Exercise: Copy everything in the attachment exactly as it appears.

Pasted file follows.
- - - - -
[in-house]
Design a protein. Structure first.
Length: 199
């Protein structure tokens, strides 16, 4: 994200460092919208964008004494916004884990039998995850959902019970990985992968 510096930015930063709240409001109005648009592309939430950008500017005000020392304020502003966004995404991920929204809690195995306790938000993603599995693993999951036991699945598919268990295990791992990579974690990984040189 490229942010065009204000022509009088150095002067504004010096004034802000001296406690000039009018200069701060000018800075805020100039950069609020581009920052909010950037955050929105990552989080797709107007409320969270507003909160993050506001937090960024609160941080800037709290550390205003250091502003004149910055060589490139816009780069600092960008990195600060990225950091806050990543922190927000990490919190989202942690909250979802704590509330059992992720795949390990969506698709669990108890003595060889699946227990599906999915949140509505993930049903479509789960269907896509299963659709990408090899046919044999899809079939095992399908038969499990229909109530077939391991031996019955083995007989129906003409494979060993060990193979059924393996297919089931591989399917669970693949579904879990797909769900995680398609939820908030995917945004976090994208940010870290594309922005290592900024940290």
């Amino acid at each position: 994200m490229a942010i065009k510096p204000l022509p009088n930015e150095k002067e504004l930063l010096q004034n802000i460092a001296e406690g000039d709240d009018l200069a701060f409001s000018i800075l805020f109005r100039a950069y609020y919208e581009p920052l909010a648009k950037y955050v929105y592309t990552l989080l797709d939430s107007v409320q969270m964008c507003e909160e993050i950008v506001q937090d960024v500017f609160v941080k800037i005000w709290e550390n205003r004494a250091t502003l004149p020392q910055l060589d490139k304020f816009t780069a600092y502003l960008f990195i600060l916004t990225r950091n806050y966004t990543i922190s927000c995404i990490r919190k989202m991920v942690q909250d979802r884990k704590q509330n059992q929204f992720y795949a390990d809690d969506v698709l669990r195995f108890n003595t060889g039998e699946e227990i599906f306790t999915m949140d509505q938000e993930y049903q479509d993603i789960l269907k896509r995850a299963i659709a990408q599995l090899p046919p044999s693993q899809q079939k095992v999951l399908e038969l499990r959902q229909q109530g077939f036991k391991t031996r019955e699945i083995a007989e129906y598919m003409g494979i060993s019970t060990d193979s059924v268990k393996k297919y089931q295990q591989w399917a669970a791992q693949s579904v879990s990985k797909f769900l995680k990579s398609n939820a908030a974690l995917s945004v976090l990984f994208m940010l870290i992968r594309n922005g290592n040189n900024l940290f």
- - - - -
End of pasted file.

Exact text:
[in-house]
Design a protein. Structure first.
Length: 199
């Protein structure tokens, strides 16, 4: 994200460092919208964008004494916004884990039998995850959902019970990985992968 510096930015930063709240409001109005648009592309939430950008500017005000020392304020502003966004995404991920929204809690195995306790938000993603599995693993999951036991699945598919268990295990791992990579974690990984040189 490229942010065009204000022509009088150095002067504004010096004034802000001296406690000039009018200069701060000018800075805020100039950069609020581009920052909010950037955050929105990552989080797709107007409320969270507003909160993050506001937090960024609160941080800037709290550390205003250091502003004149910055060589490139816009780069600092960008990195600060990225950091806050990543922190927000990490919190989202942690909250979802704590509330059992992720795949390990969506698709669990108890003595060889699946227990599906999915949140509505993930049903479509789960269907896509299963659709990408090899046919044999899809079939095992399908038969499990229909109530077939391991031996019955083995007989129906003409494979060993060990193979059924393996297919089931591989399917669970693949579904879990797909769900995680398609939820908030995917945004976090994208940010870290594309922005290592900024940290």
């Amino acid at each position: 994200m490229a942010i065009k510096p204000l022509p009088n930015e150095k002067e504004l930063l010096q004034n802000i460092a001296e406690g000039d709240d009018l200069a701060f409001s000018i800075l805020f109005r100039a950069y609020y919208e581009p920052l909010a648009k950037y955050v929105y592309t990552l989080l797709d939430s107007v409320q969270m964008c507003e909160e993050i950008v506001q937090d960024v500017f609160v941080k800037i005000w709290e550390n205003r004494a250091t502003l004149p020392q910055l060589d490139k304020f816009t780069a600092y502003l960008f990195i600060l916004t990225r950091n806050y966004t990543i922190s927000c995404i990490r919190k989202m991920v942690q909250d979802r884990k704590q509330n059992q929204f992720y795949a390990d809690d969506v698709l669990r195995f108890n003595t060889g039998e699946e227990i599906f306790t999915m949140d509505q938000e993930y049903q479509d993603i789960l269907k896509r995850a299963i659709a990408q599995l090899p046919p044999s693993q899809q079939k095992v999951l399908e038969l499990r959902q229909q109530g077939f036991k391991t031996r019955e699945i083995a007989e129906y598919m003409g494979i060993s019970t060990d193979s059924v268990k393996k297919y089931q295990q591989w399917a669970a791992q693949s579904v879990s990985k797909f769900l995680k990579s398609n939820a908030a974690l995917s945004v976090l990984f994208m940010l870290i992968r594309n922005g290592n040189n900024l940290f």